Remember Boyan Slat, the ambitious teenager who founded the Ocean Array Plan, a project capable of removing 7,250,000 tons of plastic from the world’s oceans? Now twenty-two-years-old, Slat is still dedicated to the endeavor, as well is the CEO of The Ocean Cleanup. Yesterday, the foundation announced that it has raised $21.7 million and can now begin large-scale trials of passive plastic capturing technology in the Pacific Ocean.
On its website, the Ocean Cleanup claims that its technology “…could remove about half the Great Pacific Garbage Patch in 10 years, at a fraction of the cost.” This is incredible, considering the gargantuan patch floating in the ocean is presently 2x the size of Texas. The startup’s strategy for meeting its goal is to make use of the ocean’s natural tides and currents to purge the body of water of polluting plastic.
Last year, The Ocean Cleanup reached an important milestone when it tested a 100-meter-long segment of the barrier for four months in the North Sea – about 14 miles off the coast of the Netherlands. Slat commented that the purpose was to see how the barrier fared in open ocean water. Its durability during strong storms and turbulent waves was also being tested.
“We released a bit of plastic in front of the barrier to see how it did, but the real purpose was to see how the system did in the ocean,” Slat explained.
With $21.7 million received in funding, the cutting edge technology is expected to be launched in the Pacific later this year.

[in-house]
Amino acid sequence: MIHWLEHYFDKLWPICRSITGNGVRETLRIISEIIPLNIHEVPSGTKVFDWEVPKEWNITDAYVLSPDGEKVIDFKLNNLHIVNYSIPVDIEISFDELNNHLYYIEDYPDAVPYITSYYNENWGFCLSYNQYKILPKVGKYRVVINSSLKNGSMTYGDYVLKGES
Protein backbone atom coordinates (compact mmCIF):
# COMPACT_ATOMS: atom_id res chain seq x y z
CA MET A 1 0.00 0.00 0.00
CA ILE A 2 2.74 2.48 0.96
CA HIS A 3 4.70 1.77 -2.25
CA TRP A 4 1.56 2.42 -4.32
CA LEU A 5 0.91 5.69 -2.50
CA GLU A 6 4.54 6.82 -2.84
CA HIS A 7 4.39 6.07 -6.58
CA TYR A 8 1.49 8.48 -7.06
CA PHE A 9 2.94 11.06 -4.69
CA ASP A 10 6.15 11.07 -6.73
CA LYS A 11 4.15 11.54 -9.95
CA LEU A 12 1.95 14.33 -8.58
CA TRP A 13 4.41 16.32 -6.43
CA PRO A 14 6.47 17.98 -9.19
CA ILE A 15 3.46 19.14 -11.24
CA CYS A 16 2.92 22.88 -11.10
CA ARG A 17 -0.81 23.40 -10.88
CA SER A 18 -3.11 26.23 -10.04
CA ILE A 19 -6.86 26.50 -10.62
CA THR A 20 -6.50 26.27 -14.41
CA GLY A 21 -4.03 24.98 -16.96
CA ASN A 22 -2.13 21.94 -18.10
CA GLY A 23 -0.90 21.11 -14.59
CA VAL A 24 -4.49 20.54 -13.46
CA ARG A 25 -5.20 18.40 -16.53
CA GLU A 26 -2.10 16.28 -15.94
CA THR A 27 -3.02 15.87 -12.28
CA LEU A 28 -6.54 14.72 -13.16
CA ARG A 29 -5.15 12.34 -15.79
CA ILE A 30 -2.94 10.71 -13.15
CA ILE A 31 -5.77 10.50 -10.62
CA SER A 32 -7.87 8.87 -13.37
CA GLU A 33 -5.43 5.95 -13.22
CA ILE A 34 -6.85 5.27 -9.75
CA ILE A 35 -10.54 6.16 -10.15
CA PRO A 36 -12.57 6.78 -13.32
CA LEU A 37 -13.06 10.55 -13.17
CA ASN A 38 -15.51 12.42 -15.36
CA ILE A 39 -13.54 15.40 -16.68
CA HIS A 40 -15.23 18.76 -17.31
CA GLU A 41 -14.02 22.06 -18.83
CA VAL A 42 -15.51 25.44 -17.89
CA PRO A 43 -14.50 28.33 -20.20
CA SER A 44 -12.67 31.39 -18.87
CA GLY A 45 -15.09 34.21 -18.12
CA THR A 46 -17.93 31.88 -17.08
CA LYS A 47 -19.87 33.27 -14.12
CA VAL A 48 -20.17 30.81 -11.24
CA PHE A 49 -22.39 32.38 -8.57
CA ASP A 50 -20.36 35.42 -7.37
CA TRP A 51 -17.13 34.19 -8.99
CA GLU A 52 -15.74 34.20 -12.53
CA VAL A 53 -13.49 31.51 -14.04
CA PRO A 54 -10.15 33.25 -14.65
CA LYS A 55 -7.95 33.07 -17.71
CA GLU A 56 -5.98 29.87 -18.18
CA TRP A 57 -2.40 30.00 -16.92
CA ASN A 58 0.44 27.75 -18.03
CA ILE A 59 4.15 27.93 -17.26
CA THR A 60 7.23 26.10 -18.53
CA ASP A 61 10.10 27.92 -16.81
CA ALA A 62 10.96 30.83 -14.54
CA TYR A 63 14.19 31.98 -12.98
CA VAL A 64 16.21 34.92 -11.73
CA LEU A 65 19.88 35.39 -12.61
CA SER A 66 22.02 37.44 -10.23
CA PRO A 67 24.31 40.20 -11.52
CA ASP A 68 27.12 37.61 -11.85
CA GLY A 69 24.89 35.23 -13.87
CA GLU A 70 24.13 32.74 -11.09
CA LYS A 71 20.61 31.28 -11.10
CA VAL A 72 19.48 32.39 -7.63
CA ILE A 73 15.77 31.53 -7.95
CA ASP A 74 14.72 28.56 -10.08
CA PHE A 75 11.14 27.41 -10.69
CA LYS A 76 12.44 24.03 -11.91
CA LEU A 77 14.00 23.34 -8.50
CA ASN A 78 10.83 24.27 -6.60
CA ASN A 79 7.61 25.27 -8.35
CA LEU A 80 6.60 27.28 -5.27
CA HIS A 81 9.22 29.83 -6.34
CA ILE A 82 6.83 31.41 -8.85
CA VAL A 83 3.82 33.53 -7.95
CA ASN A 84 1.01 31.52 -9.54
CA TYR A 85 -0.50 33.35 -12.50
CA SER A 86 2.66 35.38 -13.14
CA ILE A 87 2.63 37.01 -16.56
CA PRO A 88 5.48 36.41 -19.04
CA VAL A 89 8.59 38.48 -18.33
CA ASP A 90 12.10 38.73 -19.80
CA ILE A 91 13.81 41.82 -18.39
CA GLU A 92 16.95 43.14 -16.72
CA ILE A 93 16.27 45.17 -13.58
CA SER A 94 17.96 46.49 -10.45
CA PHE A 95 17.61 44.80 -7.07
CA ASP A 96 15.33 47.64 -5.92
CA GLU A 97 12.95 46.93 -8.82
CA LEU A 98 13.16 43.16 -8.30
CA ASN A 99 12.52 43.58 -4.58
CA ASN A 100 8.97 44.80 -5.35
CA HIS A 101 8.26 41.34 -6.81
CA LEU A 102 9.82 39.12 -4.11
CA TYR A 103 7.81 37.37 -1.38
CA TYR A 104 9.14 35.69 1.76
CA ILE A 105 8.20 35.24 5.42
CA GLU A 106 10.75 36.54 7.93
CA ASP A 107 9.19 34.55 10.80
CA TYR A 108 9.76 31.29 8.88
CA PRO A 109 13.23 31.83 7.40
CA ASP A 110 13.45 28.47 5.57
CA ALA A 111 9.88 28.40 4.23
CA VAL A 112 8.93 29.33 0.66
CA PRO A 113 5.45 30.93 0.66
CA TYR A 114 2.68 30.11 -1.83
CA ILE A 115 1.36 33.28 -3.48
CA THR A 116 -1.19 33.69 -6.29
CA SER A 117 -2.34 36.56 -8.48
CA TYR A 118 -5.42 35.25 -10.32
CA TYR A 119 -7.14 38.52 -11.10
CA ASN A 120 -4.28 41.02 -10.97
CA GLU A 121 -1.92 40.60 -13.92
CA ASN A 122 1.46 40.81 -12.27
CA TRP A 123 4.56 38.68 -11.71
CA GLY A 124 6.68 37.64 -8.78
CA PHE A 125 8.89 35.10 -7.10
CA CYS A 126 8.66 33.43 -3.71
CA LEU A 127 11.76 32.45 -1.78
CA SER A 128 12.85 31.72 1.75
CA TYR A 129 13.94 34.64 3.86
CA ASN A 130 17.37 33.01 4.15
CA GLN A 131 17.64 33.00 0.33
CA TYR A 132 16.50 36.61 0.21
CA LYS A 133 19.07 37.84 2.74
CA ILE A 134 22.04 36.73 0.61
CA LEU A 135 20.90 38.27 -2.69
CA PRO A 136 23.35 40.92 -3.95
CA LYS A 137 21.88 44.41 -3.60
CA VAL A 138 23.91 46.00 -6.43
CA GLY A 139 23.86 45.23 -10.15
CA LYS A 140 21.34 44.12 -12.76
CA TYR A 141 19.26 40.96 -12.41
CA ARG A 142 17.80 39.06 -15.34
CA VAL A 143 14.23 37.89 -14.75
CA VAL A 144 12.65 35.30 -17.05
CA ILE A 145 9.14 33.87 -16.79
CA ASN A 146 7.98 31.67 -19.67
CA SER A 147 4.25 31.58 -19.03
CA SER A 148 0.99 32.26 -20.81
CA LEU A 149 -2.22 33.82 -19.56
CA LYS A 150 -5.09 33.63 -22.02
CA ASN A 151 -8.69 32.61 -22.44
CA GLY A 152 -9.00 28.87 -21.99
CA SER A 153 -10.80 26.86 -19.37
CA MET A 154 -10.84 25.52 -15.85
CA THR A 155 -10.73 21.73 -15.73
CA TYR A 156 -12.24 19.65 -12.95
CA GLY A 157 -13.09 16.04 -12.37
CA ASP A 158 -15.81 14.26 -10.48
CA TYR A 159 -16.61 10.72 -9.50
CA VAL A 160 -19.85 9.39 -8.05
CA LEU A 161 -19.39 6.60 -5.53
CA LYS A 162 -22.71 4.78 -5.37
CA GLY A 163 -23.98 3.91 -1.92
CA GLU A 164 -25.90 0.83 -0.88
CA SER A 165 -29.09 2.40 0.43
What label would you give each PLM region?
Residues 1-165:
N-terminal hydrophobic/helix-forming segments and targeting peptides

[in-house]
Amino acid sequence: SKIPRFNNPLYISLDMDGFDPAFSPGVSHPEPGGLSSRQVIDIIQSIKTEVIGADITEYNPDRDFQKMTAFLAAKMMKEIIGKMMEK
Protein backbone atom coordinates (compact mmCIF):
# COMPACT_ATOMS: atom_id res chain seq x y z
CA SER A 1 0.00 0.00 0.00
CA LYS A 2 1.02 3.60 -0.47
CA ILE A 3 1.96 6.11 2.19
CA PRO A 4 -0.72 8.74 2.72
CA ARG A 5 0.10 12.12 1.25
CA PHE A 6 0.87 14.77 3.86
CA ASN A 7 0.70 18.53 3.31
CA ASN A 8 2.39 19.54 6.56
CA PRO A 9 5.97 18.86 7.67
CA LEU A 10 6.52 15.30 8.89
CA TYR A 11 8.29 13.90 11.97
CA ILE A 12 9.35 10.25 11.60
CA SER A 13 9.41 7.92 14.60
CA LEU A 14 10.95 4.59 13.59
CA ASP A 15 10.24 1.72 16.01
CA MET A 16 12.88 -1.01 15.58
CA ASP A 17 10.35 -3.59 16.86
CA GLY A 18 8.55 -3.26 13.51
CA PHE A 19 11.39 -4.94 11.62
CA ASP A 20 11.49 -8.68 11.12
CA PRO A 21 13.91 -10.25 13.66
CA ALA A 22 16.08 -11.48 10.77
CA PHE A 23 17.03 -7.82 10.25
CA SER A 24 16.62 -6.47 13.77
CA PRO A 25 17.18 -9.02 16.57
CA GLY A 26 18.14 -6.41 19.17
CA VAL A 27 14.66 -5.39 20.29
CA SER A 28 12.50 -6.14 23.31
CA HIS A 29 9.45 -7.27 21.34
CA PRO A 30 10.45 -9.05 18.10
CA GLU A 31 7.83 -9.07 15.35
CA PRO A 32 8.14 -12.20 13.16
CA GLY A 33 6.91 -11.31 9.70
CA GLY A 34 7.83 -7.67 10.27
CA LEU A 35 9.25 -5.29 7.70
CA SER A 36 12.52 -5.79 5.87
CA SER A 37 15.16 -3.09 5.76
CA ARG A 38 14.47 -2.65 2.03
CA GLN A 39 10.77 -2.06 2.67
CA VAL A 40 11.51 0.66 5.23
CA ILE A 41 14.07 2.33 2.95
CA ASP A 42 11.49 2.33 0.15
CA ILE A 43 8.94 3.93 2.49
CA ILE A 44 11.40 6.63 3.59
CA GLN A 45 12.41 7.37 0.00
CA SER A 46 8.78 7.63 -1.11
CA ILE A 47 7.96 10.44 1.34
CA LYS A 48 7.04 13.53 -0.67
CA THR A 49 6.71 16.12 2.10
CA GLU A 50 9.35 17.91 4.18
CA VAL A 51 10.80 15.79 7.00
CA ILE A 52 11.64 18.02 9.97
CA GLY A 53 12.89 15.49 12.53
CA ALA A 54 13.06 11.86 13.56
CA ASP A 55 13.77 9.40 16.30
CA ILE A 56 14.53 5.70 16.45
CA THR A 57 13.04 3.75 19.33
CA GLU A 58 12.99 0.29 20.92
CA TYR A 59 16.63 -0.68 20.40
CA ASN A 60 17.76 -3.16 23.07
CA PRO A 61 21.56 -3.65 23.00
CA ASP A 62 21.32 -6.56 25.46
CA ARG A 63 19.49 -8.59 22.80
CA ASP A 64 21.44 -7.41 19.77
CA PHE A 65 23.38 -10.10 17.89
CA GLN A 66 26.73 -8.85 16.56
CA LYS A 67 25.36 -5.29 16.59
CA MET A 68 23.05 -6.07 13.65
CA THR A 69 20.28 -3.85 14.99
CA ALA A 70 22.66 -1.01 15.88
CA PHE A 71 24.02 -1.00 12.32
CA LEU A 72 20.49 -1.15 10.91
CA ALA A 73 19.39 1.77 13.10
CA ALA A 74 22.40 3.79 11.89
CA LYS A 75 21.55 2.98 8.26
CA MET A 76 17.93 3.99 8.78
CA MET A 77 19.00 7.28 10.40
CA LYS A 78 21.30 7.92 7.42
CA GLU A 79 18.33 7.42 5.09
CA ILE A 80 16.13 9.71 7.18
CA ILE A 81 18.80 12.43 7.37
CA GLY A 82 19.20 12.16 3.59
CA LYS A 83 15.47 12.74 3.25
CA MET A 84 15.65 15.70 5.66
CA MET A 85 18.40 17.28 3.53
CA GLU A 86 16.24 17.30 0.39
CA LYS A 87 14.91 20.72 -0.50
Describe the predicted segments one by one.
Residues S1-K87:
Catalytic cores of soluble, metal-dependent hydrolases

After The Ocean Ocean cleanup received its official start in 2013, Slat raised $2.2 million through a crowdfunding campaign which included 38,000 donors from 160 countries. Over the past two years, he has raised another $10 million in cash donations from entrepreneurs. Investors include Salesforce CEO Marc Benioff and his wife Lynne, as well as Silicon Valley entrepreneur and sometime Trump adviser Peter Thiel. Today, The Ocean Cleanup has 65 full-time employees and a scientific advisory board.
Slat dropped out of college in the first year due to being fiercely passionate about the passive ocean cleaning technology. According to CNBC, he figured he could always re-enroll in college if the venture didn’t turn out. As one can witness, both he and the vision are thriving. The inventor has been inspired to “think big,” and because of his unconventional attitude, can be credited with developing the first ocean cleanup system.
“There is this notion … in the environmental scene that every little bit helps, or ‘Think global, act local.’ I disagree with that. I think you have to start with how big the solution needs to be to solve the problem and then reason backward from there,” stated Slat.The Ocean Cleanup, Boyan SlateThe